The Gold Coast Regiment is celebrated as being one of the bravest regiments that fought in both World Wars for the British Empire. An ensemble in 1879 as the Gold Coast Constabulary, the name of the Regiment was later changed in 1901 to the Gold Coast Regiment.
The tension between Britain and Germany caused the formation of several battalions under their colonies to train and prepare for war and the Gold Coast Regiment successfully raised five battalions ready for service during the war of which Lance Corporal Alhaji Grunshi was a part of the first Battalion to be sent to Togoland when
Following rising tension, the British declared war on August 4, 1914, and immediately sent the Battalion from Ghana to enter Togoland which was a German territory and home to the Kamina radio station which was by then a sophisticated radio station that could send and receive telegraph messages from Germany to forward to other smaller stations in the African colonies and ships.
On August 7, 1914, a patrol which included Alhaji Grunshi and several other soldiers fighting for the British Army entered a factory in Nuatja, Togoland. The patrol was immediately confronted by a group of German police officers and sergeants and the police opened fire at the British soldiers.
In defence, Alhaji Grunshi opened fire at the German group making history as the first shot recorded under the British Army in World War I. The next recorded gunshot was fired by Sergeant Trooper E. Thomas in Europe ten days after Alhaji Grunshi’s shot.
In Togoland, the Germans who felt outnumbered decided to leave Togoland and destroyed the Kamina radio station on August 24, 1914, which was started in 1911. The Germans then opened negotiations for a truce on the 25th. On the 26th August 1914 the acting German governor, Major von Doering agreed to surrender.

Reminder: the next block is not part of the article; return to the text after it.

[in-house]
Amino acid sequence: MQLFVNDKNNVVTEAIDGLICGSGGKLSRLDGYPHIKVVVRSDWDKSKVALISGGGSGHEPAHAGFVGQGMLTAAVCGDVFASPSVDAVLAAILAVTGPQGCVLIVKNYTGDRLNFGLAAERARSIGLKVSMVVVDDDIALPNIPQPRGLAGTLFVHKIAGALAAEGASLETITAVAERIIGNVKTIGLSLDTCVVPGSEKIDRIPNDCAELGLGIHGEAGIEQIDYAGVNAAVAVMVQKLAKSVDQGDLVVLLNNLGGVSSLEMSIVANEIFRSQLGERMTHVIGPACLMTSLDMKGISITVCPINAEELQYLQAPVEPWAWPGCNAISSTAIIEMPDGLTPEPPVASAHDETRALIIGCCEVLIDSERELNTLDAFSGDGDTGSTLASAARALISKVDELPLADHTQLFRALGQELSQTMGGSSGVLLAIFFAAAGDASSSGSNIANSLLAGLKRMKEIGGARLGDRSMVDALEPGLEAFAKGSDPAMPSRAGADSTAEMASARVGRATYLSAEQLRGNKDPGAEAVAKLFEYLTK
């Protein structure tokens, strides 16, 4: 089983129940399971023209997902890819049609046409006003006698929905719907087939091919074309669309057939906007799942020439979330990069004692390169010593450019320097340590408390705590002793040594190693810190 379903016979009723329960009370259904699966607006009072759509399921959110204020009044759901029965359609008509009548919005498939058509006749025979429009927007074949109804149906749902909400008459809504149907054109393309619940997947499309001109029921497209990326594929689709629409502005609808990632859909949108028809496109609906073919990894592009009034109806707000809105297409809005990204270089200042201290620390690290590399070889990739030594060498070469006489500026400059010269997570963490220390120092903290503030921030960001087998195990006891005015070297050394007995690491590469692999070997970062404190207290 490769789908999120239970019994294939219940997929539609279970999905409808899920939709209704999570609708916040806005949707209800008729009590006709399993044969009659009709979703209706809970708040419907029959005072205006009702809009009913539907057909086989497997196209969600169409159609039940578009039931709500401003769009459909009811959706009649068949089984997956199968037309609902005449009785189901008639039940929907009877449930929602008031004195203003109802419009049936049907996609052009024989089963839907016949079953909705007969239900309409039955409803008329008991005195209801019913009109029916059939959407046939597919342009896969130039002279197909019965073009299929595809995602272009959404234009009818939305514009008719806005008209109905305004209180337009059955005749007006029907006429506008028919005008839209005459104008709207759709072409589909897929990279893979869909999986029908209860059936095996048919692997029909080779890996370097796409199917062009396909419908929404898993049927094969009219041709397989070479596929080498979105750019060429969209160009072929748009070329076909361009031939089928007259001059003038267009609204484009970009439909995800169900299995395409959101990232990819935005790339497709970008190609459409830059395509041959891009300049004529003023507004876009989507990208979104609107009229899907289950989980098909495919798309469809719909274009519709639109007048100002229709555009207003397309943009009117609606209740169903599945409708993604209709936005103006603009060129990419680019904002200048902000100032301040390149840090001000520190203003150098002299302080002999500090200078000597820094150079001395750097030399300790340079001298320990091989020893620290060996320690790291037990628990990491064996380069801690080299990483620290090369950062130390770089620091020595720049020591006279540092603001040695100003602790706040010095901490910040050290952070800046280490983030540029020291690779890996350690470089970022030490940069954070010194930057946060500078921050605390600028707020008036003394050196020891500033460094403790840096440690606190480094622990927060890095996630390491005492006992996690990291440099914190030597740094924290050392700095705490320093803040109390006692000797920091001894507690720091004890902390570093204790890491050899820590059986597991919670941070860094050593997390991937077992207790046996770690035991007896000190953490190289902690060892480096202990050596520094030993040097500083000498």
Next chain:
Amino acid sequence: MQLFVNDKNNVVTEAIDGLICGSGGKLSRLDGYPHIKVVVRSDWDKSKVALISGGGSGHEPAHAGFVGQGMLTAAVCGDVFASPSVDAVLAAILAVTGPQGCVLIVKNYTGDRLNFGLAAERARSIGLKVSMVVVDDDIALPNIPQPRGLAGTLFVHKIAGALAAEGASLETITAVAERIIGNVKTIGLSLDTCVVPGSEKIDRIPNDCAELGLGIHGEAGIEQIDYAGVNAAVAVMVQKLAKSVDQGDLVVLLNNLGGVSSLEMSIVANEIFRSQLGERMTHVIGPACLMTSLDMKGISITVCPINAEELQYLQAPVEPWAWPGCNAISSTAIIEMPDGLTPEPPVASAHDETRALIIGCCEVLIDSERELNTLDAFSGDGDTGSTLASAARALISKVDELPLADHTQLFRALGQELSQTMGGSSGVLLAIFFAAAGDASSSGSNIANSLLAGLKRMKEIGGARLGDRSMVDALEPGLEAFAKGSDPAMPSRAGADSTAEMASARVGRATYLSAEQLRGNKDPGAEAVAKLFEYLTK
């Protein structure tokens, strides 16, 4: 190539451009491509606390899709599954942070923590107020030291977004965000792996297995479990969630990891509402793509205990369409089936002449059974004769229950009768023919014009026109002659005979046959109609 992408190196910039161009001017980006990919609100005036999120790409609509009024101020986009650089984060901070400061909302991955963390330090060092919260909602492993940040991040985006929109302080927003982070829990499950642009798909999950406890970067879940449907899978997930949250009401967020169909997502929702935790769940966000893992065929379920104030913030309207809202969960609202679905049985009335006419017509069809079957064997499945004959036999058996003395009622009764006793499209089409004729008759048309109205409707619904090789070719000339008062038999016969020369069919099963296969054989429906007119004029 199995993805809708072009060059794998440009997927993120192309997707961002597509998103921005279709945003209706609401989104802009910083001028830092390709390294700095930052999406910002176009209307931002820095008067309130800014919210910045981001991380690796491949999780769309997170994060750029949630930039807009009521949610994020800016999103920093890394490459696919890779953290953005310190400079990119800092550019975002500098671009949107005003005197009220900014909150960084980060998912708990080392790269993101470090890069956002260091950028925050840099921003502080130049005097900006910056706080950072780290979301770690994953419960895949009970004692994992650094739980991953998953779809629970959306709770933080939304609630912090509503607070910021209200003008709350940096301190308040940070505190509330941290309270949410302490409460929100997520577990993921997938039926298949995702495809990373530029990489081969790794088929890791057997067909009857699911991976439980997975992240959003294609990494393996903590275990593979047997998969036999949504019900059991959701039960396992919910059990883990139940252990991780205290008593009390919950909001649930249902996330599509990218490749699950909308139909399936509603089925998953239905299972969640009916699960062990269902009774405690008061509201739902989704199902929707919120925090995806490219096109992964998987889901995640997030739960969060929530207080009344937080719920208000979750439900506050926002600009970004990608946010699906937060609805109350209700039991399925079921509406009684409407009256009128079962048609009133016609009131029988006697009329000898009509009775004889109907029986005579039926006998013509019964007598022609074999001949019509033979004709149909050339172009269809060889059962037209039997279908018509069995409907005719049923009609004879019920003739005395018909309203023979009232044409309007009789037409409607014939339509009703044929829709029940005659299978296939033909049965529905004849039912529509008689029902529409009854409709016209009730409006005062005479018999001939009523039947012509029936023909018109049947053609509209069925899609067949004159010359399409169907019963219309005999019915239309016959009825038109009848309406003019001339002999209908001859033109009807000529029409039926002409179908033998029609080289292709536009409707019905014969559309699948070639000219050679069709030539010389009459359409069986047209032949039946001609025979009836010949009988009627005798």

Alhaji Grunshi went on to fight in the 4-year war and made it out alive. After returning to Ghana, he became a Lance Corporal and in 1919 he was awarded the Military Medal for his part in the East African Campaign. He also became a sergeant and on 13 March 1919, he was awarded a Distinguished Conduct Medal. He was one of eight on that occasion.
Alhaji Grunshi was from Dagbon in northern Ghana and part of his family is believed to have settled in Burkina Faso. Grunshi, who was popularly called Alhaji because of his religion joined the Army in 1908 and remained in service till 1924.
Largely, his story has gone missing and details about his life and how or why he joined the army have been left undiscovered. His name is hardly mentioned in the history of Ghana or the British army as one of the Africans who should be celebrated .
Whatever the case, it is a very interesting piece of history that the first gunshot fired by the declarers of World War I was in Africa and by a
colonised African soldier.